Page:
Hanako O’Leary: Izanami and Yomi and Molly Vaughan: Her Body and After Boucher

Hanako O’Leary: Izanami and Yomi and Molly Vaughan: Her Body and After Boucher explore themes of feminine power, transgender transformation, fertility, and self-determination. Both exhibitions are on view May 5 through July 7, 2022. 

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Hanako O’Leary: Izanami and Yomi
Molly Vaughan: Her Body and After Boucher 

Banner image: Detail from The Flagellation, Molly Vaughan, Oil and Conté on linen, 2021

What To Expect

These exhibitions include 2D and 3D portraiture of clothed and nude cis and trans women, and representations of medical instruments and post-surgical wounds and recovery.

Hanako O’Leary: Izanami and Yomi

Hanako O’Leary in front of a black background holding her "War Mask 1" in front of her face,

Hanako O’Leary: Izanami and Yomi

May 5, 2022 - July 7, 2022

Izanami features a series of ceramic sculptures influenced by prehistoric Japanese fertility icons, Noh theatre masks, and samurai armor. Izanami, meaning “she who invites,” is the Shinto goddess of creation and death. According to legend, after giving birth to many gods and goddesses, Izanami died while giving birth to fire and was sent down into the underworld. The vessels in Izanami symbolize a realm of self-mastery and the masks represent guides who offer protection as one navigates society.

Yomi, featuring a large-scale fiber installation, is a sister project to Izanami and means “the land of darkness,” otherwise known in western cultures as the underworld and is Izanami’s dominion.

“This piece (Yomi) is a continued invitation to trace back our buried herstory and tales of heroine-ism within our personal and collective lineage, and find freedom and power through our intergenerational experiences.”

- Hanako O’Leary

About Hanako O’Leary

Hanako O’Leary is a craft-based multimedia artist living and working on the ancestral land of the Coast Salish tribes and Duwamish people. She was born and raised by her Japanese mother and American father in the American Midwest.

Hanako is one in a long line of Japanese women to leave home on her own terms. She has studied within institutional walls and beyond. In 2020, she was named a Neddy Cornish Artist Award finalist and received a 2020 MAC Fellowship through the Robert B. McMillen Foundation, in addition to a solo exhibition, Yomi, at Method Gallery. She holds a BFA in Ceramic Sculpture from the University of Illinois, Urbana-Champaign, and an MFA from Seattle University.

Image: War Mask 1, Hanako O’Leary, clay and glaze, 2018 


Molly Vaughan: Her Body and After Boucher

An acrylic self portrait of Molly Vaughan holding a cigarette.

Molly Vaughan: Her Body and After Boucher

May 5, 2022 - July 7, 2022

After Boucher features paintings, drawings, lithographs, and textiles based on the works of 18th-century French painter, draftsman, and printmaker François Boucher. These works create visions of queer resplendence and pleasure. Baroque figures, furniture, and environments are infused with transgender bodies, process color palettes, and mythological characters. After Boucher features 60+ works based on the book The Drawings of François Boucher by Alastair Laing. Through these works, viewers are re-introduced to the excessively opulent world of 18th century Europe where aristocratic gender constructs operated in a fluid array of warm pastels and powdered wigs.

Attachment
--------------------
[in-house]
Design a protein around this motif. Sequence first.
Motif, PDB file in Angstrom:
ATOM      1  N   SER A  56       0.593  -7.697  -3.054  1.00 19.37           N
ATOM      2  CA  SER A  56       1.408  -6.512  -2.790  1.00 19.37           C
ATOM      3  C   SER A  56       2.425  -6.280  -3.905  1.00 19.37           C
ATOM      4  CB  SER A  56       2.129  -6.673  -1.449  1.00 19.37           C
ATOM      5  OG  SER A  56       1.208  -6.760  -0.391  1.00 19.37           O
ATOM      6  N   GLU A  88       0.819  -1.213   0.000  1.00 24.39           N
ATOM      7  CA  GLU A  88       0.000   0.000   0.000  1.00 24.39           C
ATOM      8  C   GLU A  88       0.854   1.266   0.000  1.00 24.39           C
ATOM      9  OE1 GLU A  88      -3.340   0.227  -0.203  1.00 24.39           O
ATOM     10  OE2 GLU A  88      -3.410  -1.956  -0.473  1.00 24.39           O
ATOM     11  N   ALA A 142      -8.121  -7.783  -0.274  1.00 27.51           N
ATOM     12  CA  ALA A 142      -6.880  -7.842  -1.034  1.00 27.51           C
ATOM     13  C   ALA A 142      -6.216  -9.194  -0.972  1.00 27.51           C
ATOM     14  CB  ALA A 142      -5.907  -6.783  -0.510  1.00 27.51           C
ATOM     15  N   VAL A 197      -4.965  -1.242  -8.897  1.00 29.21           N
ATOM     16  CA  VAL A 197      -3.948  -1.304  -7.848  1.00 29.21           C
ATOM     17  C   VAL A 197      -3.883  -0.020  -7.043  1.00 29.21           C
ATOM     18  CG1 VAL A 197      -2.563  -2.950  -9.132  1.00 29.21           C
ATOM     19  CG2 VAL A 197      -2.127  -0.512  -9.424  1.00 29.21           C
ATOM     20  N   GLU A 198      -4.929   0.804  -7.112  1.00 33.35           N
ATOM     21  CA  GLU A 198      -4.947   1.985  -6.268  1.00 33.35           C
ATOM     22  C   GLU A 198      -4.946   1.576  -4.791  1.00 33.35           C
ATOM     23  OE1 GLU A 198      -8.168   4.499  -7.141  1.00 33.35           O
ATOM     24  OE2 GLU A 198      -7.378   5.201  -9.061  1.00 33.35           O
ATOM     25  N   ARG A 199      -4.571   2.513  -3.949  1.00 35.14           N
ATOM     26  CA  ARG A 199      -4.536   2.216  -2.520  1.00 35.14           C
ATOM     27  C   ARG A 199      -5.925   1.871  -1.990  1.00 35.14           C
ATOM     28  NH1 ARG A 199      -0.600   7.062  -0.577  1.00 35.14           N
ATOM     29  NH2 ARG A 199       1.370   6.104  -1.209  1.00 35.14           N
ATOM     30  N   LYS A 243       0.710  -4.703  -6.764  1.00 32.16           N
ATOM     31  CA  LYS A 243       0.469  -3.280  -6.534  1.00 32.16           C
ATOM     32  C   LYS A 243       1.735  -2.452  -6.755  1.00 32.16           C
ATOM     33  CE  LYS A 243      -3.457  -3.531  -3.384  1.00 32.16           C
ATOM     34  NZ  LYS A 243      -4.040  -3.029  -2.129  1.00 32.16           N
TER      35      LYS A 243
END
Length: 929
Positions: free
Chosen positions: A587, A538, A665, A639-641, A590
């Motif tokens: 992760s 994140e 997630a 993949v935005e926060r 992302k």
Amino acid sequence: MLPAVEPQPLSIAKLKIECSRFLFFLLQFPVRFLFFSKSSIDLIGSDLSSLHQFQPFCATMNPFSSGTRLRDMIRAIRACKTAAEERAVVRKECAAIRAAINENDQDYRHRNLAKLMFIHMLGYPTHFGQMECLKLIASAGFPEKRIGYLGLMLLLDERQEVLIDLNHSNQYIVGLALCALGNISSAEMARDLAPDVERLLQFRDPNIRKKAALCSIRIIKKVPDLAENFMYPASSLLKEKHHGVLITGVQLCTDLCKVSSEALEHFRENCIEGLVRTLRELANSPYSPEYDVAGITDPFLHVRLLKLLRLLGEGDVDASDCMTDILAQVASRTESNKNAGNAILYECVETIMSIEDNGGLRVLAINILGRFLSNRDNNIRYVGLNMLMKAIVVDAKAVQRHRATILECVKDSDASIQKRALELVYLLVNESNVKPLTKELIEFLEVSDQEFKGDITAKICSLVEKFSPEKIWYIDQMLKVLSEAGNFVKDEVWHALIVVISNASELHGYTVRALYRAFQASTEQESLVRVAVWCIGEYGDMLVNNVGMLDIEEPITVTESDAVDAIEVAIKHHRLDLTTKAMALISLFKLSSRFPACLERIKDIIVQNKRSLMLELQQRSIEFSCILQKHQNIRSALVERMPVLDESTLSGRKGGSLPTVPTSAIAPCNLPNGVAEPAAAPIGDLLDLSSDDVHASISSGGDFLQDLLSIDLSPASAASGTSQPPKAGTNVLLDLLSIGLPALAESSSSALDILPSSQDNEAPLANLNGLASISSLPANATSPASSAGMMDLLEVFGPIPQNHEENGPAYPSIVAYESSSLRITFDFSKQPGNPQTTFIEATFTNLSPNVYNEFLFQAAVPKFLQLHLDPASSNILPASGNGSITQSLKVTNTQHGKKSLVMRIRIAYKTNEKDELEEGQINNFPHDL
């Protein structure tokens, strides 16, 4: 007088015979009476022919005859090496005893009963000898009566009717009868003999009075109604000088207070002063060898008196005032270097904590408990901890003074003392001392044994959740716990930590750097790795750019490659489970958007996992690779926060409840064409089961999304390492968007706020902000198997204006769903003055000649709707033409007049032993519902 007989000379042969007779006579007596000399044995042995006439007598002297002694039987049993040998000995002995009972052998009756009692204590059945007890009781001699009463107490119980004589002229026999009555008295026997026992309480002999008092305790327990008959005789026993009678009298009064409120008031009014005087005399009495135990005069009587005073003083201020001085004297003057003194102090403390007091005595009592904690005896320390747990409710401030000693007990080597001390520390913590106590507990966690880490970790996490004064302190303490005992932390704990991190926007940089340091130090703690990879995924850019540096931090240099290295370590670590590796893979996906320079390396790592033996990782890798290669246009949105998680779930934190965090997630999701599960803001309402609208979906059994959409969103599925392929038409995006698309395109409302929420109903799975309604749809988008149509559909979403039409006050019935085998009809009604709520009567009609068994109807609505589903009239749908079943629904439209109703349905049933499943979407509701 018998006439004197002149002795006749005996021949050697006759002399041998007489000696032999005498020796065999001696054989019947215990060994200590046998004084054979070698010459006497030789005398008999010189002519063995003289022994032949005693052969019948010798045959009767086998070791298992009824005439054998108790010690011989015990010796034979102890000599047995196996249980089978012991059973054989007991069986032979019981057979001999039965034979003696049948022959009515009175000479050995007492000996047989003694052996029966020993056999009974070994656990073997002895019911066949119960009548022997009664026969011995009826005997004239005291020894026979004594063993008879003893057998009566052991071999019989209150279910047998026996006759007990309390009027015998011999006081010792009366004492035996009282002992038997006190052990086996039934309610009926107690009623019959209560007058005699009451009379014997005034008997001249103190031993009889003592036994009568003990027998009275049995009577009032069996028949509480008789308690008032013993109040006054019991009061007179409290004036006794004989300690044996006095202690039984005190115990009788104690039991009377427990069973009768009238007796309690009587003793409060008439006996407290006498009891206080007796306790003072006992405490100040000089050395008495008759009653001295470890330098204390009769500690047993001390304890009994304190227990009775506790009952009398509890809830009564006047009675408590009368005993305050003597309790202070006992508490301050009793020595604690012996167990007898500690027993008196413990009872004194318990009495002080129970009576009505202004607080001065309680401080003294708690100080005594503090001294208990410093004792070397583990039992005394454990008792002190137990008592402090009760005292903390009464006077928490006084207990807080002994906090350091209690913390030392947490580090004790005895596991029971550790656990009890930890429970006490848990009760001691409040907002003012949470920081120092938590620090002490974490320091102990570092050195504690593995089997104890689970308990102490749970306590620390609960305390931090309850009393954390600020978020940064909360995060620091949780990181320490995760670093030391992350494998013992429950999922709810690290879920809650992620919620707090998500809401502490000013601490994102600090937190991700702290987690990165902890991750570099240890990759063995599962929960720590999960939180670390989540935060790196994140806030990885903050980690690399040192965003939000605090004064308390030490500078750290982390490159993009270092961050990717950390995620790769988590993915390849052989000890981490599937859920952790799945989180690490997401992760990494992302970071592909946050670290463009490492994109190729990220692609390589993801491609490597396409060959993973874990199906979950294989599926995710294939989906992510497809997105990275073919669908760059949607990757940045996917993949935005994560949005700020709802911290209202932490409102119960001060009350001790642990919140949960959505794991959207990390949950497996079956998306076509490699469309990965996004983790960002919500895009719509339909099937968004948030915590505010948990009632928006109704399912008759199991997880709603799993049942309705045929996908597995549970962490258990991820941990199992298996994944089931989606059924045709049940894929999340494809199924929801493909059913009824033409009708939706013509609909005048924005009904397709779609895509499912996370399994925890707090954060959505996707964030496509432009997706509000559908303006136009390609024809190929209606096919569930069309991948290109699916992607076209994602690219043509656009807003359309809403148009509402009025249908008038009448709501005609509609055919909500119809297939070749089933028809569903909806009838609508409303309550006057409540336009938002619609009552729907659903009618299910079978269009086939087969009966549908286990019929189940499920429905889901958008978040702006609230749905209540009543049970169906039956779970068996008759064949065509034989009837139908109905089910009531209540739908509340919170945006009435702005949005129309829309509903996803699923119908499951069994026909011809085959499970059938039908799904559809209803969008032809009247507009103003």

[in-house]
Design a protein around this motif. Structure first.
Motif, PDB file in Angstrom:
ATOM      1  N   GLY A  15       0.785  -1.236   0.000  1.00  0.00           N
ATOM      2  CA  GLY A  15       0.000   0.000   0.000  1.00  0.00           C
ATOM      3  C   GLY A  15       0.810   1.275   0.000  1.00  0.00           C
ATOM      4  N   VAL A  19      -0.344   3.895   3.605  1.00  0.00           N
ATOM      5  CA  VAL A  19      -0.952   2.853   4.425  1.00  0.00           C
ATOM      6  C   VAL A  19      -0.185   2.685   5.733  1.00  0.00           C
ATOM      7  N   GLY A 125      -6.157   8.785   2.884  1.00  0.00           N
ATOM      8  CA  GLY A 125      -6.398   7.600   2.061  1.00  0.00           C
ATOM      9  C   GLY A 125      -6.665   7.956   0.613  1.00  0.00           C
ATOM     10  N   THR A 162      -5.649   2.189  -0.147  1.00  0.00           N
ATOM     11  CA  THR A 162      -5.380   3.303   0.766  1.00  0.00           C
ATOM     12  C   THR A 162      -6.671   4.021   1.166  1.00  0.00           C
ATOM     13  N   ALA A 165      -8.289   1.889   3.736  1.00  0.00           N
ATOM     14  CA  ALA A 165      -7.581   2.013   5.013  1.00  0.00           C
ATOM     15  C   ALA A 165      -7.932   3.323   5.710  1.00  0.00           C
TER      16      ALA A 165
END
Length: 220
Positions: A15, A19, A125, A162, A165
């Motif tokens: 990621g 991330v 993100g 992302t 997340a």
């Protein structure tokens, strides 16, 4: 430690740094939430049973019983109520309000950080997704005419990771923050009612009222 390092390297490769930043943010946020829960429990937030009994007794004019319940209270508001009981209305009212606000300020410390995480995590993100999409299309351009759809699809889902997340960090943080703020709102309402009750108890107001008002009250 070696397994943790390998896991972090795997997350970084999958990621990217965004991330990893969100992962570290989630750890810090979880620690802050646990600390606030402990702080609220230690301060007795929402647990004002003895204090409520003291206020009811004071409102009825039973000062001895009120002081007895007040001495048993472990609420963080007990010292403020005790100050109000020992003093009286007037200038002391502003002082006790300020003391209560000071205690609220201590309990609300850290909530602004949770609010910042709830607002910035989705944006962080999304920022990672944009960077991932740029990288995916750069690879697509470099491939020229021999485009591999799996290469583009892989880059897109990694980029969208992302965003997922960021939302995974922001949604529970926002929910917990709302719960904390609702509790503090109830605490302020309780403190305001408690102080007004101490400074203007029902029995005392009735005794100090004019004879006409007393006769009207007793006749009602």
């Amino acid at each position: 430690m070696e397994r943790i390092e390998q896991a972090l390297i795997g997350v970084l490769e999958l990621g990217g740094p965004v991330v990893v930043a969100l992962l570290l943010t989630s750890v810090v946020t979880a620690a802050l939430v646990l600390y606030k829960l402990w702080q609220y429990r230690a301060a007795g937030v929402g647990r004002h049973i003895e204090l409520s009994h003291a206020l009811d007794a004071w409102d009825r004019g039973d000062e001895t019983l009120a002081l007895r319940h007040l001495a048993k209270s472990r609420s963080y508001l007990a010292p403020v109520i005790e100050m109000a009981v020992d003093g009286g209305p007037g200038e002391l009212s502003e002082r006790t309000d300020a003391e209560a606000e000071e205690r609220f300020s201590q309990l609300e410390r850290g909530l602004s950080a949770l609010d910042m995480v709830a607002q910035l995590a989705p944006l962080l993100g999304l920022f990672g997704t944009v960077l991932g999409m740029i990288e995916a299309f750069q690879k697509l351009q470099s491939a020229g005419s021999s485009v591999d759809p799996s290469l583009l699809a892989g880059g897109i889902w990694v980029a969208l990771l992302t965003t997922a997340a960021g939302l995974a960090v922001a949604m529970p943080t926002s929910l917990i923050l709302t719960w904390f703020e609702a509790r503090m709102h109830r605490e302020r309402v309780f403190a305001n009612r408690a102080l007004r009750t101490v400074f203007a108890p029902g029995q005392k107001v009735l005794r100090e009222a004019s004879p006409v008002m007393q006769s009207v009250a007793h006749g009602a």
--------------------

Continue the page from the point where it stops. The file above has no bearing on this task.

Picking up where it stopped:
Her Body features a collection of self-portraits that depict a range of experiences, some emotional and psychological, others medical.

“Self-determination for marginalized people is always an act of rebellion. Many of the paintings here depict parts of my body that society is always demanding people like me reveal, while simultaneously insisting we never show. But they are also about challenging social norms and the understanding of trans bodies.”

- Molly Vaughan

About Molly Vaughan

Molly Vaughan (b. 1977 London, UK, she/her) holds a Bachelor of Fine Arts from the School of Visual Arts in New York, NY, and a Master of Fine Arts from the University of South Florida in Tampa, FL. Her work has been exhibited nationally and internationally in solo and group exhibitions, including the exhibitions Molly Vaughan: Project 42 at Seattle Art Museum, Site of Struggle at The Block Museum of Fine Art, MOTHA, and Chris E. Vargas Present: Trans Hirstory in 99 Objects at the Henry Art Gallery at the University of Washington and We the People at the Minnesota Museum of American Art. Her recent solo exhibition titled Molly Vaughan: Project 42 at Bainbridge Island Museum of Art was the first showing of 21 of the 42 planned garments Vaughan is creating in the memorialization of murdered trans women and gender non-conforming individuals.

Vaughan was the recipient of the Betty Bowen Award in 2017 and has received grants from Art Matters Foundation, 4 Culture, Visual Artists Network, and the Hillsborough Arts Council. Her work has been featured in The Advocate, Surface Design Journal, City Arts Journal, Tampa Bay Times, and New American Paintings (Volumes 88 and 151). In November of 2018, Vaughan presented a talk at TEDXSEATTLE focused on the relationship between activism and art-making, core elements of her work.

Image: Self-Portrait with Clove Cigarette #2, Molly Vaughan, Oil on canvas, 2020.


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The Office of Arts & Culture promotes the value of arts and culture in, and of, communities throughout Seattle. It strives to ensure that a wide range of high-quality artistic experiences are available to everyone, encourage artist-friendly arts and cultural policy.